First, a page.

Wash. teacher who advised independent publications fired

District says Powers allowed students to use school computers for underground paper, lit mag

WASHINGTON -- Cascade High School teacher and former newspaper adviser Kay Powers was fired Nov. 2 by the Everett School District for allegedly violating district policies while helping students produce an underground newspaper and literary magazine.

"It was the only school paper ... we felt obligated to get it out," Powers said.

A district investigation concluded that Powers and other students had produced the newspaper the Free Stehekin and the literary magazine Tyro Libre on school computers in violation of district policy. Further, district officials said she had allowed a student to skip class to work on the newspaper, drove students home in her car without parental permission and had allowed students to use school computers to produce the publications.

Powers said she will appeal her termination in an open hearing. She called her firing "too heavy-handed" and plans to dispute some of the charges against her.

"I'm pretty confident that there's going to be some serious questions in the judge's mind that I should be fired for what I did," she said.

Mike Wartelle, the director of the Everett Education Association, said the district's response "lacked proportionality."

"We think the district has mixed the individual employee involvement into their vendetta against student press rights," he said. "It's definitely out of proportion to what may or may have not occurred."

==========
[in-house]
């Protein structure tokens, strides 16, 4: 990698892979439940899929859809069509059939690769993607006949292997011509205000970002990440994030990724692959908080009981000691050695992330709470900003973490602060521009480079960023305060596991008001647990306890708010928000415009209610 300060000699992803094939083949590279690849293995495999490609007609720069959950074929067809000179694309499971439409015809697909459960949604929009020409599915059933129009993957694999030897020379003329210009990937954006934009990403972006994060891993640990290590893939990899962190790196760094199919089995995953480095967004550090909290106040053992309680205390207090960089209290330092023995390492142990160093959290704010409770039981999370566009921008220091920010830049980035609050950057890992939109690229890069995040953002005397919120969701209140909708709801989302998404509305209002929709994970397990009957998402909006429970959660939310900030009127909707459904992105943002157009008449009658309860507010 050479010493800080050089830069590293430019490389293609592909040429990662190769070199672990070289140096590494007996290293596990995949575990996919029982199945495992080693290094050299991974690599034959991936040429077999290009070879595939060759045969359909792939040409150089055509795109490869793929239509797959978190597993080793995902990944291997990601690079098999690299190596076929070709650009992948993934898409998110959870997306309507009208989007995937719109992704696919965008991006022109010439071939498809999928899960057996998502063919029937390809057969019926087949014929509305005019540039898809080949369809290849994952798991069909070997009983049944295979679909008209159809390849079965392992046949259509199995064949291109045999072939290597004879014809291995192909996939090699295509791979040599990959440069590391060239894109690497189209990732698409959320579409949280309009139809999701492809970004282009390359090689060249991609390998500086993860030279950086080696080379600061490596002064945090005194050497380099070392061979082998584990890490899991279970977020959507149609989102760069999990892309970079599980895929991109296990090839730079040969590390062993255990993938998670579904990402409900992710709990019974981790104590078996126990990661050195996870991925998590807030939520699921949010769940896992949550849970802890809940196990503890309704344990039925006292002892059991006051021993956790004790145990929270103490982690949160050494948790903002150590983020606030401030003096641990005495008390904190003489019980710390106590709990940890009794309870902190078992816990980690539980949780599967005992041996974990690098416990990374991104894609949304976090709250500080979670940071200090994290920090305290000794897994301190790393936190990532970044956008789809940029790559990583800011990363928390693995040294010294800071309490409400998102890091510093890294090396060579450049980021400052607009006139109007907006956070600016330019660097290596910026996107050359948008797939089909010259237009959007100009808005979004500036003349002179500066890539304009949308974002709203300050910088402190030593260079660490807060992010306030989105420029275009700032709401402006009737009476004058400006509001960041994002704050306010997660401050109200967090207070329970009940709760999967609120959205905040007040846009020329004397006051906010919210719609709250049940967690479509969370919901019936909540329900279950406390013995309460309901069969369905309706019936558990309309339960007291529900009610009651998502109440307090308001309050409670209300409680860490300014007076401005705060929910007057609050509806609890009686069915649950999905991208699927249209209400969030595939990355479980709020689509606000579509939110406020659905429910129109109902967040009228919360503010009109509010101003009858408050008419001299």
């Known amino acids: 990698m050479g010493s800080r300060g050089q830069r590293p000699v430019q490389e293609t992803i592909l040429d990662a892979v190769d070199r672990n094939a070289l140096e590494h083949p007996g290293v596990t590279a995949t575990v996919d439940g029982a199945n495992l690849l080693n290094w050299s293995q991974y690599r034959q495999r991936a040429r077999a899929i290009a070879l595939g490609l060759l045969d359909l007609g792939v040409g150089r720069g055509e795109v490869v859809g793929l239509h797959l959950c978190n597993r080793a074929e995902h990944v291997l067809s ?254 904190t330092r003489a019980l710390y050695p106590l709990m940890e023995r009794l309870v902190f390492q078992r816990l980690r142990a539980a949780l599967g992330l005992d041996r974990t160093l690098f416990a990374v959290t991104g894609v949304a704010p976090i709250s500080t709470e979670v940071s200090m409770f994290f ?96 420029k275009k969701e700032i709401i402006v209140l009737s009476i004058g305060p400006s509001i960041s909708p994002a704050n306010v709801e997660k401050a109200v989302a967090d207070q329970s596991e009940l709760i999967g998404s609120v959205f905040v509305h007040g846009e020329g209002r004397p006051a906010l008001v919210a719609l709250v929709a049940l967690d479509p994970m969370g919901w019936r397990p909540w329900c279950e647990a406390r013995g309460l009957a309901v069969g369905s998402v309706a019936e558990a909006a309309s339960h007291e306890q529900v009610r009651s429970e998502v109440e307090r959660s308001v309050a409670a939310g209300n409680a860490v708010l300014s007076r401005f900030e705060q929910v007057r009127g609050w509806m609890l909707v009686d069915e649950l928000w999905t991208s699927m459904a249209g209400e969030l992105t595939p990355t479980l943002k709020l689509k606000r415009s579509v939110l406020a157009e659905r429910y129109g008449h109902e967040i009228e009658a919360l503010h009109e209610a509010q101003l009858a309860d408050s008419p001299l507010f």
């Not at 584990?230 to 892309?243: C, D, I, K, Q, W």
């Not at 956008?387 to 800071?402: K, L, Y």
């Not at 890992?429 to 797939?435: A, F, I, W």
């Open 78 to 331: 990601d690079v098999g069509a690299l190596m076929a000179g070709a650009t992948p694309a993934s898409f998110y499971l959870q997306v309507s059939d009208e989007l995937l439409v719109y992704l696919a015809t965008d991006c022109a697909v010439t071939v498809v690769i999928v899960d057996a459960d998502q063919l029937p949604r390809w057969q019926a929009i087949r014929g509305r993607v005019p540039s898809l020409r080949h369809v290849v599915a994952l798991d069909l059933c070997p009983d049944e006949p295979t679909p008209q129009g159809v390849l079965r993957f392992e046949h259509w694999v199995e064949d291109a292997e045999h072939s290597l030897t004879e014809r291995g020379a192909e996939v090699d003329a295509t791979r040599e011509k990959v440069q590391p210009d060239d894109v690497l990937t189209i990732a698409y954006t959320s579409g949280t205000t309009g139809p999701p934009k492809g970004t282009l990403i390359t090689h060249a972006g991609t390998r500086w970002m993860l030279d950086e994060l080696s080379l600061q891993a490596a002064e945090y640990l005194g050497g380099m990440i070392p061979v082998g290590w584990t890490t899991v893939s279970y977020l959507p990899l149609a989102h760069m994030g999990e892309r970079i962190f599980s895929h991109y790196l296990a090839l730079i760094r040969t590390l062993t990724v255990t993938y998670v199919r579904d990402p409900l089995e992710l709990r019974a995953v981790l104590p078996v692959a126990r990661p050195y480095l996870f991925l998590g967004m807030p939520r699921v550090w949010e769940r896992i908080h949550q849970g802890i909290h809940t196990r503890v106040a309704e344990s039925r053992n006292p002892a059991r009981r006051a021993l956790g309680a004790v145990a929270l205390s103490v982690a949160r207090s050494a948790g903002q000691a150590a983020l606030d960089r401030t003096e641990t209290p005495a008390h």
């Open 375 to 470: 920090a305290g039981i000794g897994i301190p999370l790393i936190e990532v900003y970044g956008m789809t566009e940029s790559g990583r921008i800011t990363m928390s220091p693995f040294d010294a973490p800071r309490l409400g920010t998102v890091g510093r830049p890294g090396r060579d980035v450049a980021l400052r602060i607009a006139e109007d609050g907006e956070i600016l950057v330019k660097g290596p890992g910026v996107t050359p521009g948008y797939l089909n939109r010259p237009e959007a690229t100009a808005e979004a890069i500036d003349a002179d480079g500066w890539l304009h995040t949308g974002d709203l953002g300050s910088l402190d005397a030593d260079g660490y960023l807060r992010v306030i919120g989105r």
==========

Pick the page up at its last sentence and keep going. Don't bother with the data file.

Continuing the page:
In February, Superintendent Carol Whitehead met with the student editorial board of the Free Stehekin and with Powers to remind them that the publications had to be produced off campus. Powers was placed on administrative leave in May after officials alleged she continued to violate district policy. David Whittemore, who served as the paper's managing editor, also was suspended and nearly expelled after he was caught using a school computer to download files for the newspaper from his e-mail account.

Kathy Schrier, the president of the Washington Journalism Education Association, said she believed Whitehead and the district were trying to make it "impossible" for Powers to help produce the publications.

"They just do not want students to have the opportunity to have an authentic voice in their student publications," Schrier said.

The district has been the subject of similar criticism over the past few years. In 2005 two Everett High School student editors sued the district after a new principal instituted prior review of the student newspaper, The Kodak. The lawsuit was settled in August. While the U.S. District Court upheld the district's right to review school-sponsored student media before it went to the printer, it emphasized that school administrators could not prohibit its publication.

Powers was the adviser of both the newspaper and the literary magazine when students decided to move them underground in 2005 to avoid the prior review policy, which had also been enacted at Cascade High School. Students at Everett High School also created an underground paper, the Independent Kodak.

Schrier said Power's firing is a direct result of the district's attitude towards the student press.

"This is fallout from a bad policy and from a stubborn superintendent who refuses to face the fact that she created a repressive atmosphere for the student press," she said.

Neither the district nor Superintendent Whitehead could comment on the case, according to a spokeswoman.

Cascade High School, Free Stehekin, news, Tyro Libre, Washington